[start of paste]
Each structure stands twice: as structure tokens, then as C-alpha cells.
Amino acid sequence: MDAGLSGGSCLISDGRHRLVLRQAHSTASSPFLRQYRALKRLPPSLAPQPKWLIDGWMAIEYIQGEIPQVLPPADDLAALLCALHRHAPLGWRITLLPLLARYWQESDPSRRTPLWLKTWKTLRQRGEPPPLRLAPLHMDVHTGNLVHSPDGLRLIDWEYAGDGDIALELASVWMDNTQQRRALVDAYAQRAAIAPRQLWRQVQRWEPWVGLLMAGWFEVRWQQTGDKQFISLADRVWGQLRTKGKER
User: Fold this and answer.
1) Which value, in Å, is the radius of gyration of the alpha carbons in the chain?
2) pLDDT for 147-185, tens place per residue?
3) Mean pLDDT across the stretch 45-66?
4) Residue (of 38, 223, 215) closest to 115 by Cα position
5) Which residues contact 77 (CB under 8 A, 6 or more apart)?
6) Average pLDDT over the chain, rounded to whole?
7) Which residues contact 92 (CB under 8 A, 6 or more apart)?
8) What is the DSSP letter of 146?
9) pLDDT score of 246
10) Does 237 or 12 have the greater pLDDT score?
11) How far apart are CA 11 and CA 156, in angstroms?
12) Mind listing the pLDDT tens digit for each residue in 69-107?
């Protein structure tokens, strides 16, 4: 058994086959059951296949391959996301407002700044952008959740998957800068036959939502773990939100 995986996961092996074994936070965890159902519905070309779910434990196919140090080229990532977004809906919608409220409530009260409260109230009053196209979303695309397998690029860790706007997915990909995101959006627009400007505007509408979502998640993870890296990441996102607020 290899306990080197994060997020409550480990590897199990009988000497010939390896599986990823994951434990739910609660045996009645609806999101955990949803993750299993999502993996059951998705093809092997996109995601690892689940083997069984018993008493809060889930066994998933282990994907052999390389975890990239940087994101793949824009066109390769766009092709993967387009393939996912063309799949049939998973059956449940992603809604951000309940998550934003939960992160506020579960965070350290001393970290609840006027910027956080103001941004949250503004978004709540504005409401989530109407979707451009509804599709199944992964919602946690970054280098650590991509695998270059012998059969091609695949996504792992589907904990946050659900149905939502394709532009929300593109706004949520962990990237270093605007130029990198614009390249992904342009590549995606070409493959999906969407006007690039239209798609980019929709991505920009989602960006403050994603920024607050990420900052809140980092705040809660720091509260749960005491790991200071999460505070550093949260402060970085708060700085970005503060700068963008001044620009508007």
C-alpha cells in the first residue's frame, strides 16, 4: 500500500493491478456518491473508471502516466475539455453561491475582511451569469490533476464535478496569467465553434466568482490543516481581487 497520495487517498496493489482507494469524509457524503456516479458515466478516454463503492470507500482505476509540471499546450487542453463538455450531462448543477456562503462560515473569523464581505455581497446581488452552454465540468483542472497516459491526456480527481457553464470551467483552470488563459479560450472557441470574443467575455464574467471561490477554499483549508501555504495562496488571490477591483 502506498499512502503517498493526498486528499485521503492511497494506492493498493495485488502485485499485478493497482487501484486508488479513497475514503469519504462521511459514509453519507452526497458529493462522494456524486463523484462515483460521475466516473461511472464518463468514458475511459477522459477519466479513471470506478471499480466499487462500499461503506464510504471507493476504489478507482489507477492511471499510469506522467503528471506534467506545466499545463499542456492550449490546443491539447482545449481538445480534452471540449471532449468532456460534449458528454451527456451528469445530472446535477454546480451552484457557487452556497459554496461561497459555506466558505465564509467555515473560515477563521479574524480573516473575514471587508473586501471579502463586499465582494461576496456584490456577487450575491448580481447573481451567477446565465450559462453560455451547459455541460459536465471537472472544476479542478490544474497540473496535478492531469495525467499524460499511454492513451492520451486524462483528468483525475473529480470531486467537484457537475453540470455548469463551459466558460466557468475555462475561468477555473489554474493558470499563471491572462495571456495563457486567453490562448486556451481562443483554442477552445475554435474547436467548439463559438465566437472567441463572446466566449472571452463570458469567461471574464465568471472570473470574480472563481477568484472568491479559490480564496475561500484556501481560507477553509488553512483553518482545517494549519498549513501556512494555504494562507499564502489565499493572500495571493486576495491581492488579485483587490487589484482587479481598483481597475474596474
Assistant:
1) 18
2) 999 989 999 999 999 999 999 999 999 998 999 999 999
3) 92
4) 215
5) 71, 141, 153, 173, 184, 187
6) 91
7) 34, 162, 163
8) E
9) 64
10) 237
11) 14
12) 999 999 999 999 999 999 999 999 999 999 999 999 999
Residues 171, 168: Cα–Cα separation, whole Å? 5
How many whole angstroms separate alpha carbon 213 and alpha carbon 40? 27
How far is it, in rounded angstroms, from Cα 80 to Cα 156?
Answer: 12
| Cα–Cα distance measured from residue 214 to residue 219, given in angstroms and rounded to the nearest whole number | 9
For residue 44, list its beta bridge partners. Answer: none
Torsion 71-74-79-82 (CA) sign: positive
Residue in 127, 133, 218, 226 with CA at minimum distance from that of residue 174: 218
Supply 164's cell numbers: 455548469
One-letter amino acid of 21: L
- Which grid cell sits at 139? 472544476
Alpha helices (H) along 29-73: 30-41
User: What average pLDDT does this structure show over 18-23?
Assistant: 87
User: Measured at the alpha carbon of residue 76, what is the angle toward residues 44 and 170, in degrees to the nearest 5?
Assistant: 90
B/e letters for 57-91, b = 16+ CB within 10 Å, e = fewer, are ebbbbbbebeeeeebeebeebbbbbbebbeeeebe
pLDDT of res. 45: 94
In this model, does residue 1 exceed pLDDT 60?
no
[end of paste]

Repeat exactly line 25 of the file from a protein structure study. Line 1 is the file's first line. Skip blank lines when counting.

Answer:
7) 34, 162, 163